Look outside to the pioneers of open innovation like Procter & Gamble for example. P&G’s global Open Innovation team Connect & Develop isn’t just a meet & greet for people with ideas for new ways to lather up in the bath.  The team has a global revenue target of $3 billion – all from the facilitation of new ideas from experiments to full-blown consumer or B2B products.

It’s time to take music experiments to a new level and commit to the development of sustainable, profitable music services and work out how to offer industry support to those ideas and experiments with that potential.

There has been a flurry of activity around point two.  EMI Open is now up & running (EMI’s Sandbox facility for developers via API’s) and Spotify announced its plans to – yes once again – go the way of the API – allowing app developers to plug into its streaming catalogue (though controversially the commercials once again look conspicuously absent).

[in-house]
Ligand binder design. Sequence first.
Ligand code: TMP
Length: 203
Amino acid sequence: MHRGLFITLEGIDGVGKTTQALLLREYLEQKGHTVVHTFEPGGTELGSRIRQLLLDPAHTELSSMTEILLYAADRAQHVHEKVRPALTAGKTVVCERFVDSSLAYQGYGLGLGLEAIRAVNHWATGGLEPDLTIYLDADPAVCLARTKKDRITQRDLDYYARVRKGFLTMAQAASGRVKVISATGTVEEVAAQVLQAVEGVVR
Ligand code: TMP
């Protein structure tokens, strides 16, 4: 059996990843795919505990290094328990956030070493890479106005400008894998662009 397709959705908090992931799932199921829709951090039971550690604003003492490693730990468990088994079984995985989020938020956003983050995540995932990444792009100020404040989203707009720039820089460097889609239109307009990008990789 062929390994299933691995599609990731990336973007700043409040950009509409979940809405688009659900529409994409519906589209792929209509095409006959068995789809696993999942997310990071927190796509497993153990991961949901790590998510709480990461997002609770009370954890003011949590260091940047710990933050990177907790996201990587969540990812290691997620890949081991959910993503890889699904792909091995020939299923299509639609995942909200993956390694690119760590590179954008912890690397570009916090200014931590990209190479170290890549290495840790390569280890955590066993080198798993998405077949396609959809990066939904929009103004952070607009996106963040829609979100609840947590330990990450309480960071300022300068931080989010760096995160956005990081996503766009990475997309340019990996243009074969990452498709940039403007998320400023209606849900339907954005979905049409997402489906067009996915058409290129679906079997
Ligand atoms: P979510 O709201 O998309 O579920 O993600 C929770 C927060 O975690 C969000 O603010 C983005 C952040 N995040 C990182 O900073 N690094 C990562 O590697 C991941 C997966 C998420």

It seems experimentation is really happening – the music industry might actually be exemplifying how to succeed here for other content sectors – if it works.  I’ll comment more on how this is coming along after we can observe a ‘bedding-in’ period.

Keith Jopling – Chair, BPI Innovations Committee

Catch the series here: 

#1 Is The Music Industry Really Ready To Innovate?

#2 Who’s Driving New Music Industry Insights?

[ #3 Stepping Up Music Innovation ]

#4 Is It Worth Innovating With Physical Music?